What Is Identity Resolution, And How Does It Impact Publishers?

Identity resolution is recognizing a unique user — regardless of channel or device — to create a persistent and privacy compliant unified profile.

Identity resolution often happens in real-time, when a person visits a website or app to enable targeting or personalization. However, identity resolution can also occur in an offline environment, such as building user journeys, where touchpoints or interactions are unified and tied to an individual for attribution.

Why Does Identity Resolution Matter?

Today’s digital landscape presents many opportunities for publishers to connect their audiences to advertising partners. Yet the fragmented and expansive nature adds difficulty to identifying and understanding audiences, interactions, and potential monetization opportunities. 

Consider, for instance, that in the US alone, household residents have access to an average of 10.37 connected devices, 75% of customers expect consistent interactions across departments, and 52% always expect personalized offers. To further complicate matters, only 20% of audiences log into their accounts, hampering first-party data collection that enables consistent and personalized interactions between audiences, publishers, and advertisers that drive monetization. 

Despite these realities, however, identity resolution allows publishers to collect and connect audience interactions across offline and online platforms, channels, and devices to a single person or audience profile via unique identifiers. By unifying interactions and attributing them to an individual, publishers can create a single customer view or a unique customer profile that contains demographic attributes and interest and preference-based data — valuable information that enables targeting and publisher monetization. And, as the world prepares to potentially bid third-party cookies ‘adieu,’ identity resolution solutions will allow publishers to solve addressability issues, enabling monetization even in a cookieless world.

Identity Resolution’s Role in a Post-third-party-cookie World

Historically, third-party cookies were the standard for identifying users on the web, but with the threat of third-party cookie deprecation upon us, the industry must consider alternative identifiers to achieve addressability or risk significant revenue loss. 

Just how significant?

In 2019 Google ran a randomized experiment over three months for the top 500 global publishers, testing what would happen if third-party cookies were disabled. The results were staggering, as average revenue for those in the treatment group decreased by 52%.

While a future without third-party cookies appears bleak (not to mention the changing landscape of mobile Advertising IDs), identity resolution presents a promising alternative to enhance first-party data. With the right identity resolution solution, publishers can mitigate revenue loss once Google deprecates third-party cookies, deliver higher engagement rates for their advertisers, and drive higher CPMs for themselves.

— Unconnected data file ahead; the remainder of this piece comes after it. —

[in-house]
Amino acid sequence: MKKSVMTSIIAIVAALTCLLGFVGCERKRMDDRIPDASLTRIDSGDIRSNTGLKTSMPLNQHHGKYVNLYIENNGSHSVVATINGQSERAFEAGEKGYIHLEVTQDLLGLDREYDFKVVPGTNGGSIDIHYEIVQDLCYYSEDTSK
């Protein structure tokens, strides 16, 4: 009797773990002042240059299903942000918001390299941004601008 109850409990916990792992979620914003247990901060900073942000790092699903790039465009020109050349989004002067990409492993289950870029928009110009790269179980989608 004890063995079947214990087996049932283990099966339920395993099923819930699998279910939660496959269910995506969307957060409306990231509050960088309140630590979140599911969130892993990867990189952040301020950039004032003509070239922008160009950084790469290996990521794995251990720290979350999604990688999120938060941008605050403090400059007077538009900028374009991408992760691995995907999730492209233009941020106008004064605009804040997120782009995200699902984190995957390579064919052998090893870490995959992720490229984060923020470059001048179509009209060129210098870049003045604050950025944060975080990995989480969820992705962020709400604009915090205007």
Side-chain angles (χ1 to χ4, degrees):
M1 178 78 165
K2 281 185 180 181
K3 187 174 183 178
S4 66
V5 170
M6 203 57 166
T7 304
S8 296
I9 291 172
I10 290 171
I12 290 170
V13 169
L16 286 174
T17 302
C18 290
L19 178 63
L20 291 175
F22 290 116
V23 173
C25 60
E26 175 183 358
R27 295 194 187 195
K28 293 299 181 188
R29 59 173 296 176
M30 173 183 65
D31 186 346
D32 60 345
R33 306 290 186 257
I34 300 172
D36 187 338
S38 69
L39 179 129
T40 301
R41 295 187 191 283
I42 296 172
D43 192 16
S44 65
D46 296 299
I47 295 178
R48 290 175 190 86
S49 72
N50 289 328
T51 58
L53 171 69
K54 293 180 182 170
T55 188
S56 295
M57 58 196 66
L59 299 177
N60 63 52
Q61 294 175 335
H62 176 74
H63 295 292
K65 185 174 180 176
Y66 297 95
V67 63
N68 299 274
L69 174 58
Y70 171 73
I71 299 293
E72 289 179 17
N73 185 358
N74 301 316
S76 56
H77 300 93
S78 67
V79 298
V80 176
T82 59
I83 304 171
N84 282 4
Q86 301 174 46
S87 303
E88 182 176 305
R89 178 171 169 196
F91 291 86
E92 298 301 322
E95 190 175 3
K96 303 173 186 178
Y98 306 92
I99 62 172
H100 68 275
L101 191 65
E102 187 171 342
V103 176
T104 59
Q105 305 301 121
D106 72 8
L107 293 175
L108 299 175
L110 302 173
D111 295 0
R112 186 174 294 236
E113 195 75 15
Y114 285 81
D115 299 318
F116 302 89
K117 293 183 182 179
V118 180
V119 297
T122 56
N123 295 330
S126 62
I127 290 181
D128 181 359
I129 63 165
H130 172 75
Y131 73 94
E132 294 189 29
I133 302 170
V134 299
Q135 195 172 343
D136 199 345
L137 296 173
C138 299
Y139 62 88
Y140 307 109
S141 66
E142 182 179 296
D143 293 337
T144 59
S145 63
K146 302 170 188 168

How Does Identity Resolution Work, and How Does It Help Pubs?

Identity resolution is made possible with an identity graph, an online database that stores identifiers tied to individuals across online and offline channels and properties. These identifiers are matched to individuals using either probabilistic or deterministic matching, or a hybrid of both. Identity graphs provide publishers with real-time data, equipping them with a comprehensive, unified, and up-to-date view of their audiences at all times.

Identity resolution for yield optimization
Using identity resolution to create a unified customer view across properties, publishers can offer advertisers extensive targeting options based on robust first-party audience data and improve yield.

Say, for instance, that a large media company, we’ll call it Spade, owns several small publications covering health & fitness, travel & leisure, and fashion & culture. Spade uses identity resolution to better understand its visitors across its entire media portfolio — their engagement, interests, preferences, and behaviors. With this intelligence, Spade can build monetization strategies that enable its advertiser partners to achieve greater reach and frequency, enabling targeting across all of its available inventory.

Spade could create an audience package of visitors between the ages of 24-30 that have viewed cruise ship content on its travel & leisure site. Using identity resolution and a unified customer view, Spade can scale its audience packages by identifying many of those same visitors, whether logged in or not, on its health & fitness and fashion & culture sites. 

Spade could also use identity resolution to increase yield. By using a solution capable of translating its first-party IDs into other IDs on which buyers transact, like the nonID or UID 2.0, the publisher can drive more competitive bids for their inventory. 

Identity resolution for marketing and improved CX

Publishers can take a similar approach to promote, cross and upsell their products, drive additional revenue by marketing paid subscriptions, or patch holes in leaky paywalls.

Say Spade wanted to ensure that only paying subscribers access its content and instituted a two-article maximum, or cap, for nonsubscribers. With identity resolution, Spade can discern between non-logged-in subscribers and visitors who are not subscribers and, therefore, not logged in. Spade could then provide a popup inviting nonsubscribers to subscribe for unlimited content and drive revenue. In the case of non-logged-in subscribers, Spade can instead provide a popup that asks the subscriber to log in to continue enjoying the benefits of their subscription.

With identity resolution, publishers can drive incremental revenue, improve customer experiences at scale, and mitigate revenue loss today and in a cookieless future.